Scientists and researchers may not need to dig out DNA from the surface in the future.according to Scientific focusResearchers at Queen Mary University of London have shown that you can collect “environmental DNA” (eDNA) from the air.
The team used a peristaltic pump combined with a pressure filter to capture DNA samples from naked mole rats for 5 to 20 minutes, and then used standard kits to search for genes in the resulting samples and sequence them. This method can not only accurately locate the rat’s DNA (whether in their house or in the entire room), but also capture some human DNA at the same time.
Lead author Dr. Elizabeth Claire said that this work was originally designed to help conservationists and ecologists study the biological environment. However, with sufficient development, it can be used in more fields. The forensic department can extract DNA from the air to determine whether there is a suspect at the crime scene. It may also be useful in medicine—virologists and epidemiologists can understand how airborne viruses (such as the virus behind COVID-1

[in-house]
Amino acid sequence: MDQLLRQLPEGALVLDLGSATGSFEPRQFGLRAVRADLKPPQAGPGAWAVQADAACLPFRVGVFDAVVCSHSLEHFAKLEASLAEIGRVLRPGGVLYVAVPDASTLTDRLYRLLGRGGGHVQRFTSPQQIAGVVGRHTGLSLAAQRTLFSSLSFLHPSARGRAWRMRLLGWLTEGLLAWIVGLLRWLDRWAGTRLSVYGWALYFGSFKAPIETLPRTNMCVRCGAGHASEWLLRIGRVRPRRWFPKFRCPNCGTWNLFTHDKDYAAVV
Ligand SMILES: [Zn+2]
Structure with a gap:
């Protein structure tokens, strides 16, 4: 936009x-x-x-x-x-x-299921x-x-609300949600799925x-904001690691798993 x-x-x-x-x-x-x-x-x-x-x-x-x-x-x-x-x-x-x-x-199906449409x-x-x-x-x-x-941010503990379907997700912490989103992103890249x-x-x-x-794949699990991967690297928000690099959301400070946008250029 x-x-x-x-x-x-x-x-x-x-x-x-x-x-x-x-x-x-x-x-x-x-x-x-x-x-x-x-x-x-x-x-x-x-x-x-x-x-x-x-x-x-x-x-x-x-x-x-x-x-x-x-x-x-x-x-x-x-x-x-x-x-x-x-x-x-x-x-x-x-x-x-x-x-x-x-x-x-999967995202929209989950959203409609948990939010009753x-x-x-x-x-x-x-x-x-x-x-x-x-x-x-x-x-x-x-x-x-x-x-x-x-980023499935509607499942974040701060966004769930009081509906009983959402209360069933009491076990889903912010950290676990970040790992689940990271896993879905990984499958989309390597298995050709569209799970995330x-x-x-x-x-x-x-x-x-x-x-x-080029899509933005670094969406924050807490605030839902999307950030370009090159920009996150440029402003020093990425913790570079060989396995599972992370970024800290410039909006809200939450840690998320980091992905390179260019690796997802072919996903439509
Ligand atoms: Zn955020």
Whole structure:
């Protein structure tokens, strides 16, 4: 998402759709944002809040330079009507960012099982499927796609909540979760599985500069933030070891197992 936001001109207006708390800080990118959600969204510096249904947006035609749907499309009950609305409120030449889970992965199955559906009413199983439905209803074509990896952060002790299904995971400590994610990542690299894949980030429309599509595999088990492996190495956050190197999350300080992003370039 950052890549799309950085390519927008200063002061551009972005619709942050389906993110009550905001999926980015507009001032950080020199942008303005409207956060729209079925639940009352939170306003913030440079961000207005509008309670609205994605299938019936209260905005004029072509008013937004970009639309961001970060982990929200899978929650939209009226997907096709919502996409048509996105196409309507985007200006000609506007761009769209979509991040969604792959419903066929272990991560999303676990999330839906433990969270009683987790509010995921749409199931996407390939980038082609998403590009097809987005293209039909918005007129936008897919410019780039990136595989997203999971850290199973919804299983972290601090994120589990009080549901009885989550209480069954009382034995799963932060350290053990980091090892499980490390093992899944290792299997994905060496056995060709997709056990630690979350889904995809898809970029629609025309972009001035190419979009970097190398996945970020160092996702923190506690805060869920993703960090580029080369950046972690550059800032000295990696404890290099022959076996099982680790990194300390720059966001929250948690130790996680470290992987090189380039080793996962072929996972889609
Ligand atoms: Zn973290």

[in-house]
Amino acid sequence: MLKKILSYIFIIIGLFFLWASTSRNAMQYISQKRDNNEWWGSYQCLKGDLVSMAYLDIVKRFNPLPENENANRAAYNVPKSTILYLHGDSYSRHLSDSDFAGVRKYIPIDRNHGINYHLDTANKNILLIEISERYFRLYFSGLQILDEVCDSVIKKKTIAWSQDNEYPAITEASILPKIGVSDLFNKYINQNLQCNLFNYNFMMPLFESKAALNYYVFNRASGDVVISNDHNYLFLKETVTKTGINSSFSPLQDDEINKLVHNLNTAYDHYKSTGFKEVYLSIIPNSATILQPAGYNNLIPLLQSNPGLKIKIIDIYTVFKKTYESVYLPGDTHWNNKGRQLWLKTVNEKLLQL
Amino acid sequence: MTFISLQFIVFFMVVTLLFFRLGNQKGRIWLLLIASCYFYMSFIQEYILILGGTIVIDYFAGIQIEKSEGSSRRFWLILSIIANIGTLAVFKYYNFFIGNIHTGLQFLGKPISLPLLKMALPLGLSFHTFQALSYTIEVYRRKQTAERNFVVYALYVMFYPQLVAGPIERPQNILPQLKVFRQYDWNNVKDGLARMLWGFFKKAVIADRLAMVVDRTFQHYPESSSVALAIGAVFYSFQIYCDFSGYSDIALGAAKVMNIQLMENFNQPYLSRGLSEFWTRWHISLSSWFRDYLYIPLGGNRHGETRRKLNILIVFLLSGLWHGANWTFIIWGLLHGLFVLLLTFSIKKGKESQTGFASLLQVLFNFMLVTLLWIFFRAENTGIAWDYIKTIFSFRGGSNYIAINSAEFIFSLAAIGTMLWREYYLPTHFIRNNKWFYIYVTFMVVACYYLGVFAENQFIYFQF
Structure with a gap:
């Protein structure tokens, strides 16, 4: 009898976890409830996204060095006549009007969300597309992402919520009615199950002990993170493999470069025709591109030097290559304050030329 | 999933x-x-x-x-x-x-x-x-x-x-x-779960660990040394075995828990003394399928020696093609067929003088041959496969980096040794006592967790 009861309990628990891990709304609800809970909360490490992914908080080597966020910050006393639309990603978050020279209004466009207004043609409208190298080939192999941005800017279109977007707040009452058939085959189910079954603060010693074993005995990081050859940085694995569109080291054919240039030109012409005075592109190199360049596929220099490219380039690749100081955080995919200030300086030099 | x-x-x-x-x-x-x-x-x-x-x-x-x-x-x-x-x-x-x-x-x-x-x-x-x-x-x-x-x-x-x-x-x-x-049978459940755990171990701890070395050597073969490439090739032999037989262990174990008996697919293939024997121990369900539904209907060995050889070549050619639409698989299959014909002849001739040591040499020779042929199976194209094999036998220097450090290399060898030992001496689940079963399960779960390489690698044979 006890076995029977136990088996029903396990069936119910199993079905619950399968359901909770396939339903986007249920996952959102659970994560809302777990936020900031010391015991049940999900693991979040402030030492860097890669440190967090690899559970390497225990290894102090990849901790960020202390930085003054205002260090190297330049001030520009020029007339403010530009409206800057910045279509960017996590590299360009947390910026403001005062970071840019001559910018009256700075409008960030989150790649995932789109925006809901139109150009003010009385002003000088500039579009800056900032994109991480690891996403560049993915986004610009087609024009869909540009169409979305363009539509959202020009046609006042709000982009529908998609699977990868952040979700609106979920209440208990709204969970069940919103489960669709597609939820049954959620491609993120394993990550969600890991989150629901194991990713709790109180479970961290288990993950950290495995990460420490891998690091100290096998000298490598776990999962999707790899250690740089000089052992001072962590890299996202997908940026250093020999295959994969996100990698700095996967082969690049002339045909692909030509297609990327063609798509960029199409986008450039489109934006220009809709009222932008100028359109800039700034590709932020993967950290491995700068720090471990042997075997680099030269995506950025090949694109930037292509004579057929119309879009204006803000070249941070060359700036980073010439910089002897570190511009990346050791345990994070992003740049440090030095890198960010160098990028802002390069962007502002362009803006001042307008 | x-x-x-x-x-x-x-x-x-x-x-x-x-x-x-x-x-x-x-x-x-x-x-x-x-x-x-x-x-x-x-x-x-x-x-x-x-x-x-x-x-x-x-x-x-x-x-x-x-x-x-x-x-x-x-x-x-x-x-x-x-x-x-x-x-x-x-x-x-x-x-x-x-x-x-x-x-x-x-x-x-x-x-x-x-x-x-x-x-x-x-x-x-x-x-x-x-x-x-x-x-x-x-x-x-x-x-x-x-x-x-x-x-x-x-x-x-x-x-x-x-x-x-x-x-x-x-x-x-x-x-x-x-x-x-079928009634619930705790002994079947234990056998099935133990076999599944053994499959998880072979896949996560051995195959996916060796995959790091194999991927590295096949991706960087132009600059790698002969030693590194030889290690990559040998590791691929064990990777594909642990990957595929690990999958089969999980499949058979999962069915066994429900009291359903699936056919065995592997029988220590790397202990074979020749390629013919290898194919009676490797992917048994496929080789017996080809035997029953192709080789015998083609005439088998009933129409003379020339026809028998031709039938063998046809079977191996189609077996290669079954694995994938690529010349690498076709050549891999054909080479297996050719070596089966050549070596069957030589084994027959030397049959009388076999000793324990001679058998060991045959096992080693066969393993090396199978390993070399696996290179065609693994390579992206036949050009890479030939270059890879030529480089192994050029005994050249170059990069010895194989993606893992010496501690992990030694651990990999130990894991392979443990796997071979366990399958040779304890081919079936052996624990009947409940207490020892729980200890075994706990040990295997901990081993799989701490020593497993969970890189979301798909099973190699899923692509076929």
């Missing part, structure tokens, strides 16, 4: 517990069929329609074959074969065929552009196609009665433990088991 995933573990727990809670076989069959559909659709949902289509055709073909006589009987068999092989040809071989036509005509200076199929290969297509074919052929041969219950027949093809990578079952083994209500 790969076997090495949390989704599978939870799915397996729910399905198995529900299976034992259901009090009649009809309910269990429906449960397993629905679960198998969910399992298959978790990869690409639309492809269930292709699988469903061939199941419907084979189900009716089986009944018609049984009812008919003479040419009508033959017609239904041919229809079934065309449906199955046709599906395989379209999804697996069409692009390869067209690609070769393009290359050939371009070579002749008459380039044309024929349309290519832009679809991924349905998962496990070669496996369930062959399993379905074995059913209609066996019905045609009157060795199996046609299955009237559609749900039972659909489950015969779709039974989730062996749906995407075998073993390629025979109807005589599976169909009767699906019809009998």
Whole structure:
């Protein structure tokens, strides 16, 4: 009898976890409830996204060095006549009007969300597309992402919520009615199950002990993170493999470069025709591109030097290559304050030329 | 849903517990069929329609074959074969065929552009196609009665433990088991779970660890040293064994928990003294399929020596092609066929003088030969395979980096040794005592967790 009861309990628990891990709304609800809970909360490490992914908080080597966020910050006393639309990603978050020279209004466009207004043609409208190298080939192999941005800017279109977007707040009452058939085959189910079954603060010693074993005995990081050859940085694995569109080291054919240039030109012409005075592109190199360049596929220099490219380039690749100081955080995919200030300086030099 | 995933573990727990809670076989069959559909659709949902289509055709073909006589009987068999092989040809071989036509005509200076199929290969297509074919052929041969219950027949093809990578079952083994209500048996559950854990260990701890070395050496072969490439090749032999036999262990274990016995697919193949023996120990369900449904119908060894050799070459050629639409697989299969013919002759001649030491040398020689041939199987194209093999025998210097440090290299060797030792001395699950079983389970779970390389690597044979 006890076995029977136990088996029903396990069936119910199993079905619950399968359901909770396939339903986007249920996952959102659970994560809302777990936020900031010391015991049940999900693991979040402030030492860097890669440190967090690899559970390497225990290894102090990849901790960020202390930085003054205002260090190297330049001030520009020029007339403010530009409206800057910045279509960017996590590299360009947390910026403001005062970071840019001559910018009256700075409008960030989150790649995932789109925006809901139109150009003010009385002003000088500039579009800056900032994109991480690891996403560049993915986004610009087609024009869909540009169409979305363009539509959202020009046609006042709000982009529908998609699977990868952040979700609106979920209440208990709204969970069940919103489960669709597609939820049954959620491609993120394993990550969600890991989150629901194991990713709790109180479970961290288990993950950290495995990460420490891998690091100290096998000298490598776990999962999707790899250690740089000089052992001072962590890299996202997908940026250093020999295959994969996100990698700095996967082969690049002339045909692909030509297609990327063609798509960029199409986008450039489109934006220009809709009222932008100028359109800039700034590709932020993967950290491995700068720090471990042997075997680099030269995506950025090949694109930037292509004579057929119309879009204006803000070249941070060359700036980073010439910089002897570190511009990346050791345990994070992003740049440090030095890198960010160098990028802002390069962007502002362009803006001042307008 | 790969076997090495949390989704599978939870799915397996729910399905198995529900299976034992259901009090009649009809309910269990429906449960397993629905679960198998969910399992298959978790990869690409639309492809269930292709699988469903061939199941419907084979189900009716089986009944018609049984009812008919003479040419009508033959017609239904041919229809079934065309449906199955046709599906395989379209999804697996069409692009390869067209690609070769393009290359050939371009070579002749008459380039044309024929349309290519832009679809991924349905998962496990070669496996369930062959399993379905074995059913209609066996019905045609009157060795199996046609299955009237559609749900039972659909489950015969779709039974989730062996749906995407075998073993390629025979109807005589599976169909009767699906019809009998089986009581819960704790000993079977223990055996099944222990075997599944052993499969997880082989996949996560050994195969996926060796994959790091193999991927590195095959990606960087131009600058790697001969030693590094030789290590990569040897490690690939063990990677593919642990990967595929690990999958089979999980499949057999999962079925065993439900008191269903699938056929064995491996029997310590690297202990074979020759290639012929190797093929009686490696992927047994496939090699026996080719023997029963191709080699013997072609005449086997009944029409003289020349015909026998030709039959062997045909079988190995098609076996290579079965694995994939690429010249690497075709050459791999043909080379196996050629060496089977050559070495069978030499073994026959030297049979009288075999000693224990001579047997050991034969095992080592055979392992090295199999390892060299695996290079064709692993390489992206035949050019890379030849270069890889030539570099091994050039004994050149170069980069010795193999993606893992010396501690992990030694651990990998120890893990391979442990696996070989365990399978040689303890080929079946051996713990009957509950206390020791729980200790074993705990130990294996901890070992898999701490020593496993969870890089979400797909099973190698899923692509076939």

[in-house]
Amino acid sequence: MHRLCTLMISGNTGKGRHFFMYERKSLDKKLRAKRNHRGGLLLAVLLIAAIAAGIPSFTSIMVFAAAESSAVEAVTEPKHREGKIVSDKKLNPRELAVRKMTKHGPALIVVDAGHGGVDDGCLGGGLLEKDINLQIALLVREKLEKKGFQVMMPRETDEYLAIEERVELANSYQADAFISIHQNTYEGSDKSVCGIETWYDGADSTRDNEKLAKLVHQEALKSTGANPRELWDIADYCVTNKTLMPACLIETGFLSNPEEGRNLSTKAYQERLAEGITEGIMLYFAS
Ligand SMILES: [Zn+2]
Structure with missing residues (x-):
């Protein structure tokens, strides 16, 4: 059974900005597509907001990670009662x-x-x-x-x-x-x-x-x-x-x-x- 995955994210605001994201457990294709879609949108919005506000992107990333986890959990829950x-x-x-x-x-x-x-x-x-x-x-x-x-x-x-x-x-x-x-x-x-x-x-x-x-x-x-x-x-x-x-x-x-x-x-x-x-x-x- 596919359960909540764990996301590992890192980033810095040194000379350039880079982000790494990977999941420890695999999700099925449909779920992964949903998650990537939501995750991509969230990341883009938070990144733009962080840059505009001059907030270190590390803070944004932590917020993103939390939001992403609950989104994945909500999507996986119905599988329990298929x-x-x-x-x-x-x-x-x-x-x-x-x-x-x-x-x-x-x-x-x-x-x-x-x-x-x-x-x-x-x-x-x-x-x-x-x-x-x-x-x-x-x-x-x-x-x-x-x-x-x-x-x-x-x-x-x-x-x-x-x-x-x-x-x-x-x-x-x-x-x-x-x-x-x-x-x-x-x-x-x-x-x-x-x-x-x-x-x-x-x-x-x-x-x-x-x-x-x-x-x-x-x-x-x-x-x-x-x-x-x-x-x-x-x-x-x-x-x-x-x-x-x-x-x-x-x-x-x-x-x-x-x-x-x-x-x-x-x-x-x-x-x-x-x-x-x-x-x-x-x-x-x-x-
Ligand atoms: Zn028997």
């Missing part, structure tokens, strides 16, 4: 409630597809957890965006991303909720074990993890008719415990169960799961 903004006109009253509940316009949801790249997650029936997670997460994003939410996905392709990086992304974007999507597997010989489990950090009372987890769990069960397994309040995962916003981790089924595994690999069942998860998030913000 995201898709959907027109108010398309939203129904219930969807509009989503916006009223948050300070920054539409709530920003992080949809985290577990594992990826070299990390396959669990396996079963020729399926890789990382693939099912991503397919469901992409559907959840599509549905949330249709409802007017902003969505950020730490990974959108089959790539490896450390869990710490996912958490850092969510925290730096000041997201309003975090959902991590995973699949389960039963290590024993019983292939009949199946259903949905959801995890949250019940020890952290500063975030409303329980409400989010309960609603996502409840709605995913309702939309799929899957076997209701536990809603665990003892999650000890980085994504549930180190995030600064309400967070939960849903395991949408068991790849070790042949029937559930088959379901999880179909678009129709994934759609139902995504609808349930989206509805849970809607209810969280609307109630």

Any practical use goes a long way. The research department is already working with private companies such as NatureMetrics to develop practical applications. The limitations are easy to see-you want to use it in an area where you know what DNA is needed, so it may not work well in crowded rooms or outdoor spaces. However, it can be very useful to have this option only in situations where there is no clear answer on the surface.